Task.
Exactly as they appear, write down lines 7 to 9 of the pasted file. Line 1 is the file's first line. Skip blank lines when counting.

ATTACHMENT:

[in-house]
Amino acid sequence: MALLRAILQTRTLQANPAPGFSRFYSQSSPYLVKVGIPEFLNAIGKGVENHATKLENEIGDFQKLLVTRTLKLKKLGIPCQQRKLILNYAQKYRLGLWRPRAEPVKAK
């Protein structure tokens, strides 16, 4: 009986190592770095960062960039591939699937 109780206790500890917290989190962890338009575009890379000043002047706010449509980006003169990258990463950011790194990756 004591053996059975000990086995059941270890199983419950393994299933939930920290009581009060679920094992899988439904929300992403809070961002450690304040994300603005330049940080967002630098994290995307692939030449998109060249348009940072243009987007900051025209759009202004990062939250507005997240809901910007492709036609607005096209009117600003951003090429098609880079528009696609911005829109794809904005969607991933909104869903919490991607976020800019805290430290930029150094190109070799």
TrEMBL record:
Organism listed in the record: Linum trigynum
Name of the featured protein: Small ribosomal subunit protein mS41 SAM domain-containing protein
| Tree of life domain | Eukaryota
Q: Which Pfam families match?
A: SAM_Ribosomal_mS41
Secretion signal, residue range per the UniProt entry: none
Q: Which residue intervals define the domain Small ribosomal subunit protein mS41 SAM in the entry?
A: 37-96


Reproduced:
| Tree of life domain | Eukaryota
Q: Which Pfam families match?
A: SAM_Ribosomal_mS41